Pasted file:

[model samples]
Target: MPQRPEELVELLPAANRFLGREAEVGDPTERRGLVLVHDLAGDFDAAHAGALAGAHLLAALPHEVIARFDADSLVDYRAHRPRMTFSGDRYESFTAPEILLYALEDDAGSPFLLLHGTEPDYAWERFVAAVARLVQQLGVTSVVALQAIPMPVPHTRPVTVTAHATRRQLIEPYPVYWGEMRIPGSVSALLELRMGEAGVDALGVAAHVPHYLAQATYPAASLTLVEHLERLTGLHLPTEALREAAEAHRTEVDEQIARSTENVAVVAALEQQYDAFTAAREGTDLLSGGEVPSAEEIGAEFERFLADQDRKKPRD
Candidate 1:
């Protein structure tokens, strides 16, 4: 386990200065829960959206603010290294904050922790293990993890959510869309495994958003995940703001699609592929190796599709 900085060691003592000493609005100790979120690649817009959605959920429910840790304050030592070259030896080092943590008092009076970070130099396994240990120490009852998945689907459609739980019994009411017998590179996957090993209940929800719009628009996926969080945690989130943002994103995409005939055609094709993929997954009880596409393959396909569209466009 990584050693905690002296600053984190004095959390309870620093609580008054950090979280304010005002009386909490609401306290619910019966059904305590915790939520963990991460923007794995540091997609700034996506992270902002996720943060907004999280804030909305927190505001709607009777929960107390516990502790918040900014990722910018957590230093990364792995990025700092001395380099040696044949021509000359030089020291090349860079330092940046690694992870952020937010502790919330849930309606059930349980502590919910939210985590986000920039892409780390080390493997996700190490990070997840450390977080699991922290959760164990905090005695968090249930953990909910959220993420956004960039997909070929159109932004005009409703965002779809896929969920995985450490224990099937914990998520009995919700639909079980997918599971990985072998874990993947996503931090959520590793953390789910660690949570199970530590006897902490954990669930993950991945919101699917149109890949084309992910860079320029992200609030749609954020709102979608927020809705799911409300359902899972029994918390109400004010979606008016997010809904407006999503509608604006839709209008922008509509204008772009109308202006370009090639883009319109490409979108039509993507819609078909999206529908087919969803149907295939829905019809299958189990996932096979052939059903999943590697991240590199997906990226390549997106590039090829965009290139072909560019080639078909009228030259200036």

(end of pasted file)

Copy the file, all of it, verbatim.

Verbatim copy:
[model samples]
Target: MPQRPEELVELLPAANRFLGREAEVGDPTERRGLVLVHDLAGDFDAAHAGALAGAHLLAALPHEVIARFDADSLVDYRAHRPRMTFSGDRYESFTAPEILLYALEDDAGSPFLLLHGTEPDYAWERFVAAVARLVQQLGVTSVVALQAIPMPVPHTRPVTVTAHATRRQLIEPYPVYWGEMRIPGSVSALLELRMGEAGVDALGVAAHVPHYLAQATYPAASLTLVEHLERLTGLHLPTEALREAAEAHRTEVDEQIARSTENVAVVAALEQQYDAFTAAREGTDLLSGGEVPSAEEIGAEFERFLADQDRKKPRD
Candidate 1:
């Protein structure tokens, strides 16, 4: 386990200065829960959206603010290294904050922790293990993890959510869309495994958003995940703001699609592929190796599709 900085060691003592000493609005100790979120690649817009959605959920429910840790304050030592070259030896080092943590008092009076970070130099396994240990120490009852998945689907459609739980019994009411017998590179996957090993209940929800719009628009996926969080945690989130943002994103995409005939055609094709993929997954009880596409393959396909569209466009 990584050693905690002296600053984190004095959390309870620093609580008054950090979280304010005002009386909490609401306290619910019966059904305590915790939520963990991460923007794995540091997609700034996506992270902002996720943060907004999280804030909305927190505001709607009777929960107390516990502790918040900014990722910018957590230093990364792995990025700092001395380099040696044949021509000359030089020291090349860079330092940046690694992870952020937010502790919330849930309606059930349980502590919910939210985590986000920039892409780390080390493997996700190490990070997840450390977080699991922290959760164990905090005695968090249930953990909910959220993420956004960039997909070929159109932004005009409703965002779809896929969920995985450490224990099937914990998520009995919700639909079980997918599971990985072998874990993947996503931090959520590793953390789910660690949570199970530590006897902490954990669930993950991945919101699917149109890949084309992910860079320029992200609030749609954020709102979608927020809705799911409300359902899972029994918390109400004010979606008016997010809904407006999503509608604006839709209008922008509509204008772009109308202006370009090639883009319109490409979108039509993507819609078909999206529908087919969803149907295939829905019809299958189990996932096979052939059903999943590697991240590199997906990226390549997106590039090829965009290139072909560019080639078909009228030259200036």